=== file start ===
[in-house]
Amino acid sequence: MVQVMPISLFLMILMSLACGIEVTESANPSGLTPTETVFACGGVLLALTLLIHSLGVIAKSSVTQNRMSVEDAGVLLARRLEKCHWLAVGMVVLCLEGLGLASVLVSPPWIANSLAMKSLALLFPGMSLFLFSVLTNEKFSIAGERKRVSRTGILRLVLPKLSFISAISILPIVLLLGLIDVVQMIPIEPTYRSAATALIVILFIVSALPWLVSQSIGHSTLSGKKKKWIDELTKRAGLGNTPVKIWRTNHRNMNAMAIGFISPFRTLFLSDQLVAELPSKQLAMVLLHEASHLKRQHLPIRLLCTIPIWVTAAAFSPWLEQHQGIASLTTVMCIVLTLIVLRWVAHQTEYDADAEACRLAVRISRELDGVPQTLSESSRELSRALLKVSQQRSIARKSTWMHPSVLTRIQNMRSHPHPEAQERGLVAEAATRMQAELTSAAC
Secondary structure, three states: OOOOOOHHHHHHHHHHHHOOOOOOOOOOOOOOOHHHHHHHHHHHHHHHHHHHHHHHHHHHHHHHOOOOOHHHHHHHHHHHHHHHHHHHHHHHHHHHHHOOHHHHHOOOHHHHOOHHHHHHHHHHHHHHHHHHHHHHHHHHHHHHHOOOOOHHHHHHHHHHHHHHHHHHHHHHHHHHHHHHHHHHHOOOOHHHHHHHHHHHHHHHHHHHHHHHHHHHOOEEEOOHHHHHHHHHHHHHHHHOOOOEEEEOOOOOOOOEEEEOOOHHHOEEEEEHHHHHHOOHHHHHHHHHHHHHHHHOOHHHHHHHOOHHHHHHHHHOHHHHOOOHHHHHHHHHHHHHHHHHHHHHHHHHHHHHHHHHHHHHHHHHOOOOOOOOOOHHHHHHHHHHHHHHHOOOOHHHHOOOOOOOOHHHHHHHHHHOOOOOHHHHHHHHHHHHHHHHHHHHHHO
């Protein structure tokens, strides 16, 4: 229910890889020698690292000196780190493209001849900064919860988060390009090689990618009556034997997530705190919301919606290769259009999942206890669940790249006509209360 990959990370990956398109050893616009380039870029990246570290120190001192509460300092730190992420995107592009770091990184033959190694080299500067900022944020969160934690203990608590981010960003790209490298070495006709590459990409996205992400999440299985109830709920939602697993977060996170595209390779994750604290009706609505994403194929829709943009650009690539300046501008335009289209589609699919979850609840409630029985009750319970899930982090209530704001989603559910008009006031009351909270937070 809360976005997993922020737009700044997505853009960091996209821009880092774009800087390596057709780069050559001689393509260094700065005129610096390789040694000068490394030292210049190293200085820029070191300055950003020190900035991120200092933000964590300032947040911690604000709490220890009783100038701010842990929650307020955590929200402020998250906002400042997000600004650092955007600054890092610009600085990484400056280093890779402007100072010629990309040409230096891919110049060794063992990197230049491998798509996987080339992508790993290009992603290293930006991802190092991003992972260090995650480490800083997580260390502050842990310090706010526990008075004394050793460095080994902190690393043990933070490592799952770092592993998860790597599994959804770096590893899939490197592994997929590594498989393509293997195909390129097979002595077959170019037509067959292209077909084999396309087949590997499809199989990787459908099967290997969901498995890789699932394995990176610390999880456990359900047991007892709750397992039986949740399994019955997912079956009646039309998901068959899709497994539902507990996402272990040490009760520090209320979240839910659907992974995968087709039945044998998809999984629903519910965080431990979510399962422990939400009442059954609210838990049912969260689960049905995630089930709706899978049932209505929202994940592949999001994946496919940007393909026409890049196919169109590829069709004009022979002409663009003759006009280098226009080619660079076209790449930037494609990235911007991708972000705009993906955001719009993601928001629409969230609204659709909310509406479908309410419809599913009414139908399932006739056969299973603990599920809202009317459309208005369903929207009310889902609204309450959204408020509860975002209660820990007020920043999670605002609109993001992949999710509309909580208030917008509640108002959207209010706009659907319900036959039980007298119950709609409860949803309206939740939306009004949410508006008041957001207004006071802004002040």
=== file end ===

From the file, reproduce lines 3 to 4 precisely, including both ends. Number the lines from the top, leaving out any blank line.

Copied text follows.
Secondary structure, three states: OOOOOOHHHHHHHHHHHHOOOOOOOOOOOOOOOHHHHHHHHHHHHHHHHHHHHHHHHHHHHHHHOOOOOHHHHHHHHHHHHHHHHHHHHHHHHHHHHHOOHHHHHOOOHHHHOOHHHHHHHHHHHHHHHHHHHHHHHHHHHHHHHOOOOOHHHHHHHHHHHHHHHHHHHHHHHHHHHHHHHHHHHOOOOHHHHHHHHHHHHHHHHHHHHHHHHHHHOOEEEOOHHHHHHHHHHHHHHHHOOOOEEEEOOOOOOOOEEEEOOOHHHOEEEEEHHHHHHOOHHHHHHHHHHHHHHHHOOHHHHHHHOOHHHHHHHHHOHHHHOOOHHHHHHHHHHHHHHHHHHHHHHHHHHHHHHHHHHHHHHHHHOOOOOOOOOOHHHHHHHHHHHHHHHOOOOHHHHOOOOOOOOHHHHHHHHHHOOOOOHHHHHHHHHHHHHHHHHHHHHHO
């Protein structure tokens, strides 16, 4: 229910890889020698690292000196780190493209001849900064919860988060390009090689990618009556034997997530705190919301919606290769259009999942206890669940790249006509209360 990959990370990956398109050893616009380039870029990246570290120190001192509460300092730190992420995107592009770091990184033959190694080299500067900022944020969160934690203990608590981010960003790209490298070495006709590459990409996205992400999440299985109830709920939602697993977060996170595209390779994750604290009706609505994403194929829709943009650009690539300046501008335009289209589609699919979850609840409630029985009750319970899930982090209530704001989603559910008009006031009351909270937070 809360976005997993922020737009700044997505853009960091996209821009880092774009800087390596057709780069050559001689393509260094700065005129610096390789040694000068490394030292210049190293200085820029070191300055950003020190900035991120200092933000964590300032947040911690604000709490220890009783100038701010842990929650307020955590929200402020998250906002400042997000600004650092955007600054890092610009600085990484400056280093890779402007100072010629990309040409230096891919110049060794063992990197230049491998798509996987080339992508790993290009992603290293930006991802190092991003992972260090995650480490800083997580260390502050842990310090706010526990008075004394050793460095080994902190690393043990933070490592799952770092592993998860790597599994959804770096590893899939490197592994997929590594498989393509293997195909390129097979002595077959170019037509067959292209077909084999396309087949590997499809199989990787459908099967290997969901498995890789699932394995990176610390999880456990359900047991007892709750397992039986949740399994019955997912079956009646039309998901068959899709497994539902507990996402272990040490009760520090209320979240839910659907992974995968087709039945044998998809999984629903519910965080431990979510399962422990939400009442059954609210838990049912969260689960049905995630089930709706899978049932209505929202994940592949999001994946496919940007393909026409890049196919169109590829069709004009022979002409663009003759006009280098226009080619660079076209790449930037494609990235911007991708972000705009993906955001719009993601928001629409969230609204659709909310509406479908309410419809599913009414139908399932006739056969299973603990599920809202009317459309208005369903929207009310889902609204309450959204408020509860975002209660820990007020920043999670605002609109993001992949999710509309909580208030917008509640108002959207209010706009659907319900036959039980007298119950709609409860949803309206939740939306009004949410508006008041957001207004006071802004002040």